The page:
Pál Felsőbüki Nagy
In this study I try to find the answer, how can it be, that the greatest figures in the era of reforms in Hungary – for example István Széchenyi, Lajos Kossuth, Ferenc Kölcsey – regarded a person, who almost disappeared from the memory of the wide public opinions, as their political mentor? This person was Pál Felsőbüki Nagy (1777–1857), who represented the Sopron County as an envoy in five national assembly (1807, 1825–1827, 1830, 1832–1836, 1839–1840). To answer this question first I have to examine the political atmosphere in which Felsőbüki Nagy started to play a role in public life and than I have to try to summarize his way of political thinking. Considering that every politician must have ideas, what and how he intends to do, I think the famous envoy of Sopron County also had to answer fundamental questions. So I took a set of questions from the book of István Schlett („The history of the political thinking in Hungary”). After answering these questions (What is the problem, what is the threat? What is the cause of problems and threats? What is the solution of these problems, i.e. what is the destination? How can the politicians solve the problems?) it will be possible to draw a balance and determine the real importance of Pál Felsőbüki Nagy.
Local patriotism and scientific local history writing Károly Tagányi’s work as a local historian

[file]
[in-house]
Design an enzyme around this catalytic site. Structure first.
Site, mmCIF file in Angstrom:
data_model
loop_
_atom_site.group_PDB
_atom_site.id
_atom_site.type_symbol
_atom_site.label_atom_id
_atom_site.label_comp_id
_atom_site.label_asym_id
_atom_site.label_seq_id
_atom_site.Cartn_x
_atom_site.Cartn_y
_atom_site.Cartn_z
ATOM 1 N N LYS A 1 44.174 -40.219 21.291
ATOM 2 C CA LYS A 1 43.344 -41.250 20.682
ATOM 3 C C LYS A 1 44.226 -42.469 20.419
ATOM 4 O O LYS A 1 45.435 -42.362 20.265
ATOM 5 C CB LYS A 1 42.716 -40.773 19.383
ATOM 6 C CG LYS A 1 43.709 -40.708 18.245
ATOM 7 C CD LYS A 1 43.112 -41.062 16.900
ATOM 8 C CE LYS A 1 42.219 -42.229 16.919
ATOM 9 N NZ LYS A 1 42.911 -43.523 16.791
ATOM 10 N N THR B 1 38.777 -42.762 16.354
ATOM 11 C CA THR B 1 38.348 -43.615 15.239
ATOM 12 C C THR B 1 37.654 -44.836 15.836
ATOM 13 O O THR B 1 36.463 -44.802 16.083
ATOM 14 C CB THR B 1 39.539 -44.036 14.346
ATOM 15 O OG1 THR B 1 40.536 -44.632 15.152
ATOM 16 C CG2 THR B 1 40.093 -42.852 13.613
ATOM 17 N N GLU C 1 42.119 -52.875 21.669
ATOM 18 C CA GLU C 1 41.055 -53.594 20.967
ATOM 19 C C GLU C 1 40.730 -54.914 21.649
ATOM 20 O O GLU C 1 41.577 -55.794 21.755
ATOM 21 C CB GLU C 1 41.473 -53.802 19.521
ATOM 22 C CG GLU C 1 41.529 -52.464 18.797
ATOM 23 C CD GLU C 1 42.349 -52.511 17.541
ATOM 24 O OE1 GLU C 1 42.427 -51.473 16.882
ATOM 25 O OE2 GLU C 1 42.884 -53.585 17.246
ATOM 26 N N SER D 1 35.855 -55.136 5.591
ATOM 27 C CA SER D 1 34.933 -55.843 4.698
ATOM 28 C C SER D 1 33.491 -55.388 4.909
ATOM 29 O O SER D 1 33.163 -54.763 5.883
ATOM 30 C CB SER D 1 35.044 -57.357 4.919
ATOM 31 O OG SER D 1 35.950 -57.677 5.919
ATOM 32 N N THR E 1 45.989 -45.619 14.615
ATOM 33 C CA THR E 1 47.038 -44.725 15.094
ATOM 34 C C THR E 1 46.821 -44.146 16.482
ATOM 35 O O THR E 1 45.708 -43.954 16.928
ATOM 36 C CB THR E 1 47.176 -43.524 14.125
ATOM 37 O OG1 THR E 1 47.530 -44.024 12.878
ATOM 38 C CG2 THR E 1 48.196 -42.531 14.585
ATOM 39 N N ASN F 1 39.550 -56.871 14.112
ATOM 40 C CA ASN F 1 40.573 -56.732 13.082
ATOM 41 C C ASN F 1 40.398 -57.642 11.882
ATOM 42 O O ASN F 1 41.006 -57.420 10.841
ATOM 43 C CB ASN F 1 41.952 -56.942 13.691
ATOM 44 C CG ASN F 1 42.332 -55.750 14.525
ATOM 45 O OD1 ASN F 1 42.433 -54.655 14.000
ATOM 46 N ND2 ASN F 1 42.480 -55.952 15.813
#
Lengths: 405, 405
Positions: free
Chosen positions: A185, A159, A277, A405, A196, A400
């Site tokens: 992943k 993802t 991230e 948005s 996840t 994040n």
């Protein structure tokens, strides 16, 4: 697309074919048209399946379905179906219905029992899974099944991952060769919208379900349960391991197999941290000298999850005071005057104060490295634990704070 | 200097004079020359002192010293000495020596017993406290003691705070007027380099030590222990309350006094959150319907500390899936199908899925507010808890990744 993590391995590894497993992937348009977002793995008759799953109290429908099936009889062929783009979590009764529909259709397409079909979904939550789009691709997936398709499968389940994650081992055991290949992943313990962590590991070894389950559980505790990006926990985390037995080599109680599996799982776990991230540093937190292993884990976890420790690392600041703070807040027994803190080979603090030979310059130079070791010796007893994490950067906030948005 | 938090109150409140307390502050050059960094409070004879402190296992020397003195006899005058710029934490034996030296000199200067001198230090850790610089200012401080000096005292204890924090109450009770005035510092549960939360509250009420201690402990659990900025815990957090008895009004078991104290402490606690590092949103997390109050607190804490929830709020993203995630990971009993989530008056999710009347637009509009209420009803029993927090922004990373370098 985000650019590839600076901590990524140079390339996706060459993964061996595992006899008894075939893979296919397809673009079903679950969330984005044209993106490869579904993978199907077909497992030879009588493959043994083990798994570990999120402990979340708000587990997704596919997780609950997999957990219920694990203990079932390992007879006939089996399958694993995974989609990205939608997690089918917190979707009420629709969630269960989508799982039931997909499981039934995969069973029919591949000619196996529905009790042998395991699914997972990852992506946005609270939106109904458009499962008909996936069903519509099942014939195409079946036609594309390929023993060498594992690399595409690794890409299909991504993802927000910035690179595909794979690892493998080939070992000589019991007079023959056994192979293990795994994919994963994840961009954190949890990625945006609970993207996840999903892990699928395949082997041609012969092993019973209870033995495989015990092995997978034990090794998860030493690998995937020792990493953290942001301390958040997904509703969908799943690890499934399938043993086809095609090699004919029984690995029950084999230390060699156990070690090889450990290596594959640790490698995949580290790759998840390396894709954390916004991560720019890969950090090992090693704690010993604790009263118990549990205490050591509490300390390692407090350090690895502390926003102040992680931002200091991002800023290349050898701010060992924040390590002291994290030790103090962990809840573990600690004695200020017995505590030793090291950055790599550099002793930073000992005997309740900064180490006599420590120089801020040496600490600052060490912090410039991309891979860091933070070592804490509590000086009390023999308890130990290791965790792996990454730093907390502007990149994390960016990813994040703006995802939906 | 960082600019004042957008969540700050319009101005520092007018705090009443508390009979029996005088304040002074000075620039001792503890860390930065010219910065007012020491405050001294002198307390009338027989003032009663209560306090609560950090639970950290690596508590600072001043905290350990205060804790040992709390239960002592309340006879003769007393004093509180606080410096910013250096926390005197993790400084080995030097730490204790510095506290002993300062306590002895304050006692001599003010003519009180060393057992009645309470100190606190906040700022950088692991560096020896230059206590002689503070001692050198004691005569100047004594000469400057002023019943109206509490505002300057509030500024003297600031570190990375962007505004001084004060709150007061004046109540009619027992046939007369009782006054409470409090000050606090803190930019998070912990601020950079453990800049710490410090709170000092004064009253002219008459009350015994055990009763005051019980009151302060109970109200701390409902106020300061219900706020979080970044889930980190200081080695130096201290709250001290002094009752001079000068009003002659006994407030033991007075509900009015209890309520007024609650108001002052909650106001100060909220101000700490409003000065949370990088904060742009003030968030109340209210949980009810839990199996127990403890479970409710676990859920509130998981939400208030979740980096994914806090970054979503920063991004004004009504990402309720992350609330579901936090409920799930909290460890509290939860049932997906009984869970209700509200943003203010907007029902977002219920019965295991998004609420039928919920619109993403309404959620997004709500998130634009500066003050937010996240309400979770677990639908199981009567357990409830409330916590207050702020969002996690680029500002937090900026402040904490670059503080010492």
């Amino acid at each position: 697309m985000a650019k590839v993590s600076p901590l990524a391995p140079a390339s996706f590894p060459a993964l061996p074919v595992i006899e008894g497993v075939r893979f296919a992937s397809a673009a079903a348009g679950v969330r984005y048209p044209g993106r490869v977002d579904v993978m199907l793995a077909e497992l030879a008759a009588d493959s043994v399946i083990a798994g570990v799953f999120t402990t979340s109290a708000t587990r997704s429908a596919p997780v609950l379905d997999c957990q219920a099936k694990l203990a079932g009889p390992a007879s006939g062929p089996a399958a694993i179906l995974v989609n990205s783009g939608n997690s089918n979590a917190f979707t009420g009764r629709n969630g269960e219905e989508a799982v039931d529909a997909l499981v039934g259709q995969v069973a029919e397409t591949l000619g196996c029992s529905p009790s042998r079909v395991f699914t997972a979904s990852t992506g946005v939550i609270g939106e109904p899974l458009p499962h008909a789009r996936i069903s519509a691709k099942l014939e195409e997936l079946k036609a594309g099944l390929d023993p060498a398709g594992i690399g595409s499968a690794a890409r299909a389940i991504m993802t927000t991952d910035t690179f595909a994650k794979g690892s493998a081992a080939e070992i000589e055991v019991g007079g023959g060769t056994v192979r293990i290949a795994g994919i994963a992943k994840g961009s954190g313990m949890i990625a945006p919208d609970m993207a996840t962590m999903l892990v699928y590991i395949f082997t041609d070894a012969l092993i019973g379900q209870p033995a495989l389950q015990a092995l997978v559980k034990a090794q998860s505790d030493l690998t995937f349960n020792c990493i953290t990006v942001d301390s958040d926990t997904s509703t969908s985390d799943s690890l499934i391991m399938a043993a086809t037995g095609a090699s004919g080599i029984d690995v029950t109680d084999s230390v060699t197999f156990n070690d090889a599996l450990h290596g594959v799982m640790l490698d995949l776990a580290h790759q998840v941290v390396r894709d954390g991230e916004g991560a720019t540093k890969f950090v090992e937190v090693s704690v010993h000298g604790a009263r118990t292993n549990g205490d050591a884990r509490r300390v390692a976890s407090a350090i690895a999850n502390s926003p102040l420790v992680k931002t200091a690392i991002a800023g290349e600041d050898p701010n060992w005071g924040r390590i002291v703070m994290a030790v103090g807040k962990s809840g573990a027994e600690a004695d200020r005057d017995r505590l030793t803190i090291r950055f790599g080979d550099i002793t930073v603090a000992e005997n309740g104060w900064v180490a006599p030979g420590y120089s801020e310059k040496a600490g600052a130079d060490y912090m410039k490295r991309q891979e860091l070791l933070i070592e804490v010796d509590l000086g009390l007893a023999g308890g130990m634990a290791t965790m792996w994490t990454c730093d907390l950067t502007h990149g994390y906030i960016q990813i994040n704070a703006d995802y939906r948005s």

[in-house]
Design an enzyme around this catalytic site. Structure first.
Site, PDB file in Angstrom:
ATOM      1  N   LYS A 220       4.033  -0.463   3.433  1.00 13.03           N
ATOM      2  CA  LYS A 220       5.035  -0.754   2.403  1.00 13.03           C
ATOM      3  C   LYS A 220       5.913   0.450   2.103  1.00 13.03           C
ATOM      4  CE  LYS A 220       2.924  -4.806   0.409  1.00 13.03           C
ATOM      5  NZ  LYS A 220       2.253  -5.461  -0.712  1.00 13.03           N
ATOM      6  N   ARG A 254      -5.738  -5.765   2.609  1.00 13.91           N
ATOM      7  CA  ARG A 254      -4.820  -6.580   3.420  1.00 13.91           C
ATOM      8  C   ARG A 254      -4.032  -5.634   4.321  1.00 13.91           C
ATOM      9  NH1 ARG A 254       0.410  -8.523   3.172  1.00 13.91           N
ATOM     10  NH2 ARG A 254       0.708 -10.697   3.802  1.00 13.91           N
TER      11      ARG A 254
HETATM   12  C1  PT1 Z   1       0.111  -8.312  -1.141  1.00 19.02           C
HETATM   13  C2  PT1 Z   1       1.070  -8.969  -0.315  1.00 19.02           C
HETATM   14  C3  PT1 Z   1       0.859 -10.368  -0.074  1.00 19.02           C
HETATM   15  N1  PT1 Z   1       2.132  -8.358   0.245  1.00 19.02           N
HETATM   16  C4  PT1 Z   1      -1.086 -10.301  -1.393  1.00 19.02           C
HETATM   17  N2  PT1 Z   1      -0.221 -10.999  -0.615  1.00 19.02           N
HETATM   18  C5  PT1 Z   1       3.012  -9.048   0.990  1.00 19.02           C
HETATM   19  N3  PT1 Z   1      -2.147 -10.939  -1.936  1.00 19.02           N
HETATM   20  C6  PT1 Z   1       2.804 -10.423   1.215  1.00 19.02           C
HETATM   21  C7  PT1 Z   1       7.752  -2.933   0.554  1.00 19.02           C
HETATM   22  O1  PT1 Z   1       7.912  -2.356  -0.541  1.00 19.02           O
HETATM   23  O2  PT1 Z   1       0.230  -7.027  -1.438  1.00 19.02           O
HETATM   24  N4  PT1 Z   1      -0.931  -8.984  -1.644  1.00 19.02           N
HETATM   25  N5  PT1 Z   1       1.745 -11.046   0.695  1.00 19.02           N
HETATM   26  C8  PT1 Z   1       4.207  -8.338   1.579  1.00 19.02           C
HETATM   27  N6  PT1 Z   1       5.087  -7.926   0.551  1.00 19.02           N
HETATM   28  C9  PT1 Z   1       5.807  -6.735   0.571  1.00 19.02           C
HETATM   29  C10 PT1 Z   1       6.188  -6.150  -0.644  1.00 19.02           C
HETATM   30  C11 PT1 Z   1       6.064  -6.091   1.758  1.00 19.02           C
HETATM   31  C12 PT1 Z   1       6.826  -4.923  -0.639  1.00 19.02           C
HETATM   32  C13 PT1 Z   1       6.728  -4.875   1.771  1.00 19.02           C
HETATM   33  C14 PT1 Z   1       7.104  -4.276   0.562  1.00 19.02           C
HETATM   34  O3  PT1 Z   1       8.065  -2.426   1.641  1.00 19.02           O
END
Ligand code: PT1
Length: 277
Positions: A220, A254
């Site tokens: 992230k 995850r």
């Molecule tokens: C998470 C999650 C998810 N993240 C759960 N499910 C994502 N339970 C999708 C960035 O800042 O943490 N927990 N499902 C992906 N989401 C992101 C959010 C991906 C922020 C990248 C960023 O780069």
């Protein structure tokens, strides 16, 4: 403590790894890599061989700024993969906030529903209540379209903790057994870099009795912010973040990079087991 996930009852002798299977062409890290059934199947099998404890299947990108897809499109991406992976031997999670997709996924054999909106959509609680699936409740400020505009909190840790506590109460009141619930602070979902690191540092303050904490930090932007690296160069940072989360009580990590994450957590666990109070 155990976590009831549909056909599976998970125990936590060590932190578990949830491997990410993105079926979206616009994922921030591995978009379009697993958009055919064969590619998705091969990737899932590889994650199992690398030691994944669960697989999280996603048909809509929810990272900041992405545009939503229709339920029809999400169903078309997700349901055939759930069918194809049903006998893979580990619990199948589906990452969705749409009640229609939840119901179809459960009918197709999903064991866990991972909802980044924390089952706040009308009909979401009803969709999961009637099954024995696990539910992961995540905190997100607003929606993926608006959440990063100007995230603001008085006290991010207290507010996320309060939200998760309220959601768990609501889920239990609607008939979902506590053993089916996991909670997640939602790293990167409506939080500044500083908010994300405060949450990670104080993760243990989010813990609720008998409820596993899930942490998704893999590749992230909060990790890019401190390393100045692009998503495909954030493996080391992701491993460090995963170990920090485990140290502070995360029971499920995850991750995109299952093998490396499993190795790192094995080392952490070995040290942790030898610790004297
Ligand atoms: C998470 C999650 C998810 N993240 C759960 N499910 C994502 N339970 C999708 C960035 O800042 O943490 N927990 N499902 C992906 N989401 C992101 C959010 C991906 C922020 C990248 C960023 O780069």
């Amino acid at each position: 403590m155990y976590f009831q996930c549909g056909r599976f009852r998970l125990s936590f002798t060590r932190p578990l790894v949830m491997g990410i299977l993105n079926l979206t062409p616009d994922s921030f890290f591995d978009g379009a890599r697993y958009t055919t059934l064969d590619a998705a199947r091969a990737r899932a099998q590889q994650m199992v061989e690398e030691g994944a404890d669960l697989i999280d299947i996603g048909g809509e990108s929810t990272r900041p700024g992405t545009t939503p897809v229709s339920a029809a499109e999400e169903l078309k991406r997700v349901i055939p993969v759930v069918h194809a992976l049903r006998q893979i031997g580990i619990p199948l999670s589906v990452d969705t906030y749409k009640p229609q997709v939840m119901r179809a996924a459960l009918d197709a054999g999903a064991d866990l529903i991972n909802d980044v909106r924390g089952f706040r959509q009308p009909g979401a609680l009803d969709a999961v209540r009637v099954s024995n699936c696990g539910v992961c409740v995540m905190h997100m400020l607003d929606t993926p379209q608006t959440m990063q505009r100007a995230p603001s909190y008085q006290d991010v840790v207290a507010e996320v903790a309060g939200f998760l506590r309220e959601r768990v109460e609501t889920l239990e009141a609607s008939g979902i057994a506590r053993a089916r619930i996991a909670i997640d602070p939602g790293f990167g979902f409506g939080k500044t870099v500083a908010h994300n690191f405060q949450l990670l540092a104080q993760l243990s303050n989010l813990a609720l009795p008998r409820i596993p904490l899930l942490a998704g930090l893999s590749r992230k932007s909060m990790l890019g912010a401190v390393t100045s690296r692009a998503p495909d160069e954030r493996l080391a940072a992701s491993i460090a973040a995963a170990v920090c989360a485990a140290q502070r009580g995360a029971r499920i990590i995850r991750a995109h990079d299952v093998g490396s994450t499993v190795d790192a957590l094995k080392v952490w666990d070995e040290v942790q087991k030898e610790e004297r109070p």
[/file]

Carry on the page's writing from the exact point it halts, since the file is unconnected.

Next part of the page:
The historian Károly Tagányi (1858–1924) already at the beginning of his university studies extensively collected material about the history of his birthplace, Nyitra County. During the search for sources he always found further tasks to be solved. In this case, too, his intention to be exhaustive induced comprehensive researches on the history of public administration, later on the history of settlements, legal and social history. He sharply criticized the monograph programme of the Hungarian Historical Society, and also, he composed a new draft on the methodology of writing the history of counties (Vélemény a megyei monographiák tervrajza ügyében. [Opinion in re the Design of County Monographs] Századok, 1894 (vol. 28) no. 4, 365.). In the end it was not Tagányi who wrote the history of Nyitra County, and although lacking a monograph, his researches on the history of counties were completed in several directions. The research of the history of public administration and institutions at the county level became his lifelong programme: he wrote his inaugural dissertation for the Academy about the origin of county autonomy. His summary written in 1913 about the origin of the counties has remained definitive up to present days, and his inaugural lecture delivered as the ordinary member of the Academy, entitled A nemesség helyzete Szent István alkotmányában [The status of the nobility in Saint Stephen’s Constitution], and of which only fragments survived, was connected with this theme. Through his research Károly Tagányi basically created a distinct framework for doing research on local history and local etimology; due to his personality and style, his work was subject to heated arguments, in which his methodology and patriotism were also questioned.